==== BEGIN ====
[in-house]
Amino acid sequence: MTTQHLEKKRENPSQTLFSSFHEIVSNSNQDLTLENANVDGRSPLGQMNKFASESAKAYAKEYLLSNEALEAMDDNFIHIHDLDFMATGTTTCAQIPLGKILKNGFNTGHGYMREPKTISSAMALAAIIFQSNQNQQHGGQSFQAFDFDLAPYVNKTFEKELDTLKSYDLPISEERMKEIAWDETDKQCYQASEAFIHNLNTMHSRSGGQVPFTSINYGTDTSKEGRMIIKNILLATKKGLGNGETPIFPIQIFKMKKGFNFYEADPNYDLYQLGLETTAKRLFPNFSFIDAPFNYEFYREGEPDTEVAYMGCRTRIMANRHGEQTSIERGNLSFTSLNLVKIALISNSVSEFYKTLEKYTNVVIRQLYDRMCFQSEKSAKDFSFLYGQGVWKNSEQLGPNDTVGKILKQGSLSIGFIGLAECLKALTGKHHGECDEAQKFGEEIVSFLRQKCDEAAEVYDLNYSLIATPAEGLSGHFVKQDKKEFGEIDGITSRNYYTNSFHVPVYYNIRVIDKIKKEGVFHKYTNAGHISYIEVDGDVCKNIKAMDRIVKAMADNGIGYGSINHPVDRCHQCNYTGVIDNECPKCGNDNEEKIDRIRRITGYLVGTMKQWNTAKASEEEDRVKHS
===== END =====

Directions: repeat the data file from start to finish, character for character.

[in-house]
Amino acid sequence: MTTQHLEKKRENPSQTLFSSFHEIVSNSNQDLTLENANVDGRSPLGQMNKFASESAKAYAKEYLLSNEALEAMDDNFIHIHDLDFMATGTTTCAQIPLGKILKNGFNTGHGYMREPKTISSAMALAAIIFQSNQNQQHGGQSFQAFDFDLAPYVNKTFEKELDTLKSYDLPISEERMKEIAWDETDKQCYQASEAFIHNLNTMHSRSGGQVPFTSINYGTDTSKEGRMIIKNILLATKKGLGNGETPIFPIQIFKMKKGFNFYEADPNYDLYQLGLETTAKRLFPNFSFIDAPFNYEFYREGEPDTEVAYMGCRTRIMANRHGEQTSIERGNLSFTSLNLVKIALISNSVSEFYKTLEKYTNVVIRQLYDRMCFQSEKSAKDFSFLYGQGVWKNSEQLGPNDTVGKILKQGSLSIGFIGLAECLKALTGKHHGECDEAQKFGEEIVSFLRQKCDEAAEVYDLNYSLIATPAEGLSGHFVKQDKKEFGEIDGITSRNYYTNSFHVPVYYNIRVIDKIKKEGVFHKYTNAGHISYIEVDGDVCKNIKAMDRIVKAMADNGIGYGSINHPVDRCHQCNYTGVIDNECPKCGNDNEEKIDRIRRITGYLVGTMKQWNTAKASEEEDRVKHS